Madison Development Corporation: provides venture funding for two Madison tech companies

Madison Development Corporation (MDC) has closed on two recent loans to promising Madison technology companies.

MDC, a local non-profit development company helping hard to finance small businesses with loans, started a Venture Debt Fund to help technology businesses stretch scarce local venture capital dollars. Since starting the Fund earlier this year, MDC has made 6 loans, totaling over $1 million to local tech businesses. Two loans were just closed to Extract Systems LLC, and Universal Separators, Inc.

The most recent loan, to Extract Systems, was closed this month and will help the company market its data extraction and redaction software. Extract has proprietary technology and software which expands optical character recognition (OCR) technology with enhanced capacity to identify critical information in unstructured legal, property or medical documents. Extract has expanded its data capture capabilities into four product lines and has extended its reach into new vertical markets. But the company required additional capital to market and service customers in those markets, including county governments, title and legal professionals and medical records. MDC’s Venture Debt Fund provided Extract with $200,000 to hire essential staff for the company’s expansion.

According to Extract President, Dave Rasmussen, “Extract Systems, and other tech companies like us are fortunate to have Madison Development Corp. as a funding source.  They have experienced business people who have taken time to understand our business.  That’s important because software companies don’t have lots of hard assets like other kinds of businesses.  Our assets are our people and that makes it more difficult to find conventional funding sources.  There would be a big hole in our business plan if not for MDC.”

MDC also provided $150,000 to Universal Separators to market its new technology, systems and components for separating oil and other impurities from cooling and cleaning fluids used in the metal working and fabrication industries. Universal’s skimmer and separator work simply and simply better than anything else in the market. Universal’s systems provide immediate cost savings and their recycling impact is an important environmental side benefit. While the systems are unique, they need to market the units to gain first mover advantage. MDC’s loan helped the company add a new CEO, enabling the founder and inventor, Rick Terrien to get face to face with customers, since his enthusiasm and knowledge of the product makes him the company’s best sales tool. According to Terrien, “Universal Separators was most fortunate to receive the financial support and guidance provided by MDC.   Our products and services are providing a global list of customers with recycling technologies for their industrial fluids.  Utilizing the financial support provided by MDC we plan to grow our presence in the global marketplace.”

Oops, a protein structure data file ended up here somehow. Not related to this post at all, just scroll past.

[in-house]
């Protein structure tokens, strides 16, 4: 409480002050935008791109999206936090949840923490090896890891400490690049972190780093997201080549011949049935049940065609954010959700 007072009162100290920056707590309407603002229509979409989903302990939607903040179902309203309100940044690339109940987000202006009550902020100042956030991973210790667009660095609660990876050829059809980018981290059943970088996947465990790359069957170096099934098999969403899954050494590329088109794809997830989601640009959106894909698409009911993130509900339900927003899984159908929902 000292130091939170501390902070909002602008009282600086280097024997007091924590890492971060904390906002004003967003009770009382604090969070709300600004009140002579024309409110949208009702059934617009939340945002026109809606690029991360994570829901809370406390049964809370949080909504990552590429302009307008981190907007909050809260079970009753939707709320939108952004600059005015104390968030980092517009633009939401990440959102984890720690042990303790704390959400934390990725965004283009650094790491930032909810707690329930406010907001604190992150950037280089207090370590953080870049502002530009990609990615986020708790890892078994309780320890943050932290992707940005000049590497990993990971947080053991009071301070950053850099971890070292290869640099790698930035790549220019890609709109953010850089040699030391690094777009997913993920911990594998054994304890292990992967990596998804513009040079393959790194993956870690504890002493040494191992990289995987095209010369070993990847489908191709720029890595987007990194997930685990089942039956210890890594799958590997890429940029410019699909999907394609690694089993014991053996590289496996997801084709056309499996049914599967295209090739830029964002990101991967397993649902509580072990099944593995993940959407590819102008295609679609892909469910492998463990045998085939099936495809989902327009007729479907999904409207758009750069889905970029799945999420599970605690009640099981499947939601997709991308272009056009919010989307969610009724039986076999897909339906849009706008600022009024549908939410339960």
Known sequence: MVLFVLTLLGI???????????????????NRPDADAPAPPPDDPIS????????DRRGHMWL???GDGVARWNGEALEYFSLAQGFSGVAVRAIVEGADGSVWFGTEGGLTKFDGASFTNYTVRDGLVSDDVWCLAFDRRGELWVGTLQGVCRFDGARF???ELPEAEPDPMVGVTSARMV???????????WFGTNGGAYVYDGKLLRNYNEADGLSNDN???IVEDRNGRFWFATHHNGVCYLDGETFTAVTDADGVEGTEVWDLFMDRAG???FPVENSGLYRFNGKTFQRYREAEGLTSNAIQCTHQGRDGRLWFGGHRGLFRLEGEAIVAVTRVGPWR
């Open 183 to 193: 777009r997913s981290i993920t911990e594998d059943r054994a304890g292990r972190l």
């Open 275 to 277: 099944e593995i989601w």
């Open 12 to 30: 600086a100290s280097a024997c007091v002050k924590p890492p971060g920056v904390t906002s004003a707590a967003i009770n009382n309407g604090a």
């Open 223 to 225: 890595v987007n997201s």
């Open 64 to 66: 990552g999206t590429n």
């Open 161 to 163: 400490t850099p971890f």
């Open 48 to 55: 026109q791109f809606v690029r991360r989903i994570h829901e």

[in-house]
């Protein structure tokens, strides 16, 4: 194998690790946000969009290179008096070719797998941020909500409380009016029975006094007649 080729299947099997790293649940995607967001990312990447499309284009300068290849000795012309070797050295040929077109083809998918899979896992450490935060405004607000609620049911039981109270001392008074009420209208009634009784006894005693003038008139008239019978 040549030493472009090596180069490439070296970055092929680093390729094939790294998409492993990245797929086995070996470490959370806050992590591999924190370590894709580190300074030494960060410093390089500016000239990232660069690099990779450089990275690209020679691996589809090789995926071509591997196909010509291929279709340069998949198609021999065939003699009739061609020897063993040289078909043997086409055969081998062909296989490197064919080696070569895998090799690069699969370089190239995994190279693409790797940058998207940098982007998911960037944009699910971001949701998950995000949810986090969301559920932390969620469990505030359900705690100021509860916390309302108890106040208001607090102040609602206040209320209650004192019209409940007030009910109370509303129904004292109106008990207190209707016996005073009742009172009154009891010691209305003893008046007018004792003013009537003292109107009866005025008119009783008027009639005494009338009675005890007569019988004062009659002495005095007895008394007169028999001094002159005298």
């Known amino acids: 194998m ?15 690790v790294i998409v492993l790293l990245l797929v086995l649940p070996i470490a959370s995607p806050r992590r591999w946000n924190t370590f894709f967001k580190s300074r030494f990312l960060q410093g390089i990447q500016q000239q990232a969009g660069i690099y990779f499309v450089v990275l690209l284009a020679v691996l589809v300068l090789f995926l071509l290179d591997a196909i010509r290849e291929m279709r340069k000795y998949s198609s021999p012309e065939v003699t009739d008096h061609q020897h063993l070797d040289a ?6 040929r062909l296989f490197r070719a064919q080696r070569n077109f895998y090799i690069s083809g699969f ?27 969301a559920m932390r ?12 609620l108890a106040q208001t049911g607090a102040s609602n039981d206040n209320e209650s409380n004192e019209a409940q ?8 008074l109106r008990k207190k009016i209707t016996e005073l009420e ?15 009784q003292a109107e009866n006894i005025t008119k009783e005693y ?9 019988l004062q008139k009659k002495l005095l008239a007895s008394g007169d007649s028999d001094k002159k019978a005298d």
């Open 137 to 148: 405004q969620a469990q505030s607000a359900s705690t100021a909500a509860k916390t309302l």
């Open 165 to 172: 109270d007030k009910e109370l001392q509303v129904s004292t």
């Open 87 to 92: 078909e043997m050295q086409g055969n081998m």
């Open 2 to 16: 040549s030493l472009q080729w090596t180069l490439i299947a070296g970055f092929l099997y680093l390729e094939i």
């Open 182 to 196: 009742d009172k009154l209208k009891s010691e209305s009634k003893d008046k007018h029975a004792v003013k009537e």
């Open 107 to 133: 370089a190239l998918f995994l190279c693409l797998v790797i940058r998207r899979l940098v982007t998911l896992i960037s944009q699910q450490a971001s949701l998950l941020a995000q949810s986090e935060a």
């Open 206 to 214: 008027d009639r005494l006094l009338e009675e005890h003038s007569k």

Frank Staniszewski, of MDC, stated that “MDC’s Venture Debt Fund has nearly $1 million still available for tech businesses in Dane County.”

The MDC Venture Debt Fund makes loans at rates from 2 ½ to 10% over prime depending on risk. The Fund also takes a small percentage of the loan amount, not to exceed 10%, in warrants or conversion rights for equity at a later date. The Fund complements other equity venture money, and despite the interest rate, is cheaper for companies than giving up more precious ownership in the company. The Fund has worked cooperatively to supplement other sources of financing for local businesses, including local venture capital and angel funds and the State of Wisconsin Dept. of Commerce’s technology funds.

Money for the loans comes from MGE Energy, The City of Madison, The City of Fitchburg, and participating financial institutions including Johnson Bank, Associated Bank, Anchor Bank, State Bank of Cross Plains, Capitol Bank, Middleton Community Bank, and Oak Bank. MDC uses an expert Advisory Group to review the technology and business plans, and funding decisions are made by the participants. The fund was started in 2004 to help mobilize the capital resources of financial institutions to supplement scarce venture capital and angel money in Dane County.